GOOD GUYS versus BAD GUYS
Attractive drama; ugly sociology
by Phil Bartle, PhD
It is useful sometimes to examine the popular myths of a society or community, to get insight into the verstehen (the "meaning," a la Weber) or paradigm that people have about some situations or events.
In society today, many of our current myths are manufactured in Hollywood or television studios. One popular theme is found in adventure stories, eg westerns (cowboy stories) and police adventures. This is the notion that every community has “good guys” and “bad guys” and the drama story line is often centred on the events related to the good guys overcoming the bad guys. Often the story involves some calculation and analysis to identify the bad guys, then some violence in which the good guys win by being stronger −− might makes right.
Greek myths were about the protagonists and the antagonists.
This absolute categorization is in stark contrast to what we know scientifically: (1) what is good and bad differs from culture to culture, and (2) there is “good” and “bad” in all of us. We have all broken some norms of our communities, engaging in deviant and/or criminal behaviour.
Prior to deflecting his “War on Terrorism” away from Osama bin Ladin and al Kaeda, to focus on his revenge against Saddam Hussein in Iraq, George W Bush used the term “Forces of Evil” reflecting his simplistic and dangerous view of the world, like Hollywood westerns, being composed of good guys and bad guys. “If you are not for us then you are against us,” another popular but incorrect notion.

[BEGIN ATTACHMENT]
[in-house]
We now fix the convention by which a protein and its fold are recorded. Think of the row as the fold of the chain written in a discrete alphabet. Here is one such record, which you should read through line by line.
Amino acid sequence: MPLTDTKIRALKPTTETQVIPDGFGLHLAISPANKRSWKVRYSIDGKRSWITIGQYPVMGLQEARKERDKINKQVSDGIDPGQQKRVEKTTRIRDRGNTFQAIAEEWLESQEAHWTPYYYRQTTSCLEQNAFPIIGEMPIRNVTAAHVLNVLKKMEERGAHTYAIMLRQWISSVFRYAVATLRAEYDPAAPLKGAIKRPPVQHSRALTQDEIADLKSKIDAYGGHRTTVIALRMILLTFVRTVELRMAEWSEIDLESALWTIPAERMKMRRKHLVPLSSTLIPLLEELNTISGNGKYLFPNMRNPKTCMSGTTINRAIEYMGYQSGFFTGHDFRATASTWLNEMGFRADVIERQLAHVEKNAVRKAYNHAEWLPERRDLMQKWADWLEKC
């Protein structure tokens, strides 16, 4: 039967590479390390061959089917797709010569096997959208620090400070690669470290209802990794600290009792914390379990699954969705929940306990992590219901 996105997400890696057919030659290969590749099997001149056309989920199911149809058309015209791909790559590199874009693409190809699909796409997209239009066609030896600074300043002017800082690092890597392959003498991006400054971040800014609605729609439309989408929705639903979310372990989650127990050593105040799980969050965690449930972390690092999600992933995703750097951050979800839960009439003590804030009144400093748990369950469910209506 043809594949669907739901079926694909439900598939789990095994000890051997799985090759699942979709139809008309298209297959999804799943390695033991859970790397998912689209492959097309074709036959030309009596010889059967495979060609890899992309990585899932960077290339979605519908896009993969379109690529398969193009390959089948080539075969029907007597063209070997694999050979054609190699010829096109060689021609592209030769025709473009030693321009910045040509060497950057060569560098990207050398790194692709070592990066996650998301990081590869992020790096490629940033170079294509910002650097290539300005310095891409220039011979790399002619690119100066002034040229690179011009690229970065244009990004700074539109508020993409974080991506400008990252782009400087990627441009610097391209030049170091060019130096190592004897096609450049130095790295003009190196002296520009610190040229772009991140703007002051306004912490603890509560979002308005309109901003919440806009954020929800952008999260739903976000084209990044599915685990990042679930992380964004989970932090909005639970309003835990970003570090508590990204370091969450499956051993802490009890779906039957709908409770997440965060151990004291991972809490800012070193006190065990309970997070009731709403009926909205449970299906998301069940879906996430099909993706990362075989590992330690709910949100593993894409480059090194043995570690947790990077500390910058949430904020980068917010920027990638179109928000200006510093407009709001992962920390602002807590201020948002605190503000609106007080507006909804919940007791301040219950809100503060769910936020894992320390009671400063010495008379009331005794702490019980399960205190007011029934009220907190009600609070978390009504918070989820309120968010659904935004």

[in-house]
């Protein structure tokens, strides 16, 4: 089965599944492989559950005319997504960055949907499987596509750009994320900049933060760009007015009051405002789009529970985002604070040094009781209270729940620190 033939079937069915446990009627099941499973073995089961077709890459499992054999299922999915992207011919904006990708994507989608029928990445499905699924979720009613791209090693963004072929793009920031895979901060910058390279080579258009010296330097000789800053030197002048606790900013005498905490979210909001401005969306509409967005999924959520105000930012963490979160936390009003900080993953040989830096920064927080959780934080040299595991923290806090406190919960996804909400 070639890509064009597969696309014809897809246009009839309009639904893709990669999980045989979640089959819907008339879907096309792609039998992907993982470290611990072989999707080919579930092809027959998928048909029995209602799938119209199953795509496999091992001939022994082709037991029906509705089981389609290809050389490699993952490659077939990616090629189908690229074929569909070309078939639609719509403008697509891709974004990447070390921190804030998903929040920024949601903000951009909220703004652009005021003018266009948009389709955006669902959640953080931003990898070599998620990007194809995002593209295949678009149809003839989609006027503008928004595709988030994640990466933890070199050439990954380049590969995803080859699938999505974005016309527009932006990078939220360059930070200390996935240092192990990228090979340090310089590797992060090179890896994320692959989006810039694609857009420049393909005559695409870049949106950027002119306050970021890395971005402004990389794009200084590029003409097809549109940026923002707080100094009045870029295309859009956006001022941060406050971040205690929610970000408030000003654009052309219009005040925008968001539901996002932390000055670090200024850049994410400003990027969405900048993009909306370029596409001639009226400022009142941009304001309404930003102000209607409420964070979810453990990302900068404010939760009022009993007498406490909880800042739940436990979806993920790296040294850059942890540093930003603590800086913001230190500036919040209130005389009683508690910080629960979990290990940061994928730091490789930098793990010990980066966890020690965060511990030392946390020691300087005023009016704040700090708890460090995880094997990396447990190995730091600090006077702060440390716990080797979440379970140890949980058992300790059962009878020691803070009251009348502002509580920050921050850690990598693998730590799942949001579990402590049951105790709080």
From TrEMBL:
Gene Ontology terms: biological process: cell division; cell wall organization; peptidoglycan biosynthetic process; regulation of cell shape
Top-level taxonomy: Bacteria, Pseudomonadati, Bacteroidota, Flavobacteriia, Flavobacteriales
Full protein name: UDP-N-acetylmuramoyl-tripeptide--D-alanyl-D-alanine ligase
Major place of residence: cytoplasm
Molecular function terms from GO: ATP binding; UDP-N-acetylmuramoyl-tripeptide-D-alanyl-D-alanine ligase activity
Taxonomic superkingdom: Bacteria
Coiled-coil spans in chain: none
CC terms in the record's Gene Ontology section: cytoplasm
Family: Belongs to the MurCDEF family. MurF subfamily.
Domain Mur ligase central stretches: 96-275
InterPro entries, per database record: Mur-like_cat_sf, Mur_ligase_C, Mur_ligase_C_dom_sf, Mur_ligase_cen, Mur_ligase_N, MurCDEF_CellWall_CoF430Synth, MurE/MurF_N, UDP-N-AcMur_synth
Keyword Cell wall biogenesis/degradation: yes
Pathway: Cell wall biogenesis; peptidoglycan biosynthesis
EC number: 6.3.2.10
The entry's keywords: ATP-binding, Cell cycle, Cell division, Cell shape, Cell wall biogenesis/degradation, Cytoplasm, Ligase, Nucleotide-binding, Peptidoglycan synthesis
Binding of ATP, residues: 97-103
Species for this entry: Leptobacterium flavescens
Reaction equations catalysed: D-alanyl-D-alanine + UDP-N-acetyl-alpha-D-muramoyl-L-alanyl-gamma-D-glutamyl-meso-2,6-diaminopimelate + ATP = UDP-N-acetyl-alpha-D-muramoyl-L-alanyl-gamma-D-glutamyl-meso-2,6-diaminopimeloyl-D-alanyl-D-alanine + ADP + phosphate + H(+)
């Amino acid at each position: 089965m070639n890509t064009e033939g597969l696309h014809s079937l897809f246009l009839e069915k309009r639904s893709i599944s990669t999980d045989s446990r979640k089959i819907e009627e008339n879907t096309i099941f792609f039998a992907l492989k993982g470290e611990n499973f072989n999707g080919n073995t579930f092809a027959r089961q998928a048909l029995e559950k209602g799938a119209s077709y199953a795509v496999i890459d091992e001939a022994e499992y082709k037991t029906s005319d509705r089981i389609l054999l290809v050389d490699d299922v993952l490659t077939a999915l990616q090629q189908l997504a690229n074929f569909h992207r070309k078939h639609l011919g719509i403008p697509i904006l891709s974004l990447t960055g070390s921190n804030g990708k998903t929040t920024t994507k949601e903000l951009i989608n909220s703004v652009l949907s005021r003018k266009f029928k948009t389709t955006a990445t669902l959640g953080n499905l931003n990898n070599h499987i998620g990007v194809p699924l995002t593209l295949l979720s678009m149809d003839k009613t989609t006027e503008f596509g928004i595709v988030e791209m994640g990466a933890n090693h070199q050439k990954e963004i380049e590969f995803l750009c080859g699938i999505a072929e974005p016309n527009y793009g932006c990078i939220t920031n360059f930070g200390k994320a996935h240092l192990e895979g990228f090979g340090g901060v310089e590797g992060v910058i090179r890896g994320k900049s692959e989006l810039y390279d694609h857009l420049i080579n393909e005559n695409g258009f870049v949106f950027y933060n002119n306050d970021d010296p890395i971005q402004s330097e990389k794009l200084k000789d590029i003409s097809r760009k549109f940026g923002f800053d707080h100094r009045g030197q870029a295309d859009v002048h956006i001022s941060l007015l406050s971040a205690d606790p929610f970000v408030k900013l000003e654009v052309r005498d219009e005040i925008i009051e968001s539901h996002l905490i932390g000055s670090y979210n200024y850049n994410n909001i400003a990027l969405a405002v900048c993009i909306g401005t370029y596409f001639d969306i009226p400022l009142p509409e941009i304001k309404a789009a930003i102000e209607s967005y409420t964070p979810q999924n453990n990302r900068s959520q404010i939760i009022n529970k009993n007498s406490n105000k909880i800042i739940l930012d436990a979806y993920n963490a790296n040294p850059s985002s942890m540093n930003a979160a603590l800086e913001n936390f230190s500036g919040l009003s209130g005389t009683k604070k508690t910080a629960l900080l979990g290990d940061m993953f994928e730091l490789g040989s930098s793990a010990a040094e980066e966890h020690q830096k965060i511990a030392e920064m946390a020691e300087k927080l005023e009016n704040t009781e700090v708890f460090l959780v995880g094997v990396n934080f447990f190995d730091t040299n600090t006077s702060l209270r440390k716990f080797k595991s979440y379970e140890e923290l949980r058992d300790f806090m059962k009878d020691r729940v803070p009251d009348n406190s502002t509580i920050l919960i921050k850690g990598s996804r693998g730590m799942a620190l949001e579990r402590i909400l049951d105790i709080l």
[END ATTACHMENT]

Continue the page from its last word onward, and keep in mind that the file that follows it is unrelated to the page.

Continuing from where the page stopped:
In sociology, the study of deviance and crime is about why we have norms, how we come to break them, and society’s response (sanctions) to people conforming to them or breaking them. Historically our social response has mainly been punishment, or negative sanctions, against those who break the norms. As social scientists, we know that punishment does not work, and that the desire to punish is driven by unscientific desires for revenge rather than knowing how individuals and societies operate.
While the myth of the good guys and the bad guys serves a purpose of making a simple backdrop to adventure drama, and allows for a story to develop in a short period of time, important in today’s entertainment industry, it does a disservice to our understanding of society, understanding of deviance and crime, and the operations of our whole justice programme, including our laws, courts, law enforcement, sentences, jails, prisons and penitentiaries.
We as professionals in the social sciences, including both researchers and those who are practitioners in the applied or practical applications of social sciences, need a good understanding of these things, and recognition of the role of the myth of the good guys versus the bad guys as an important element of that understanding.
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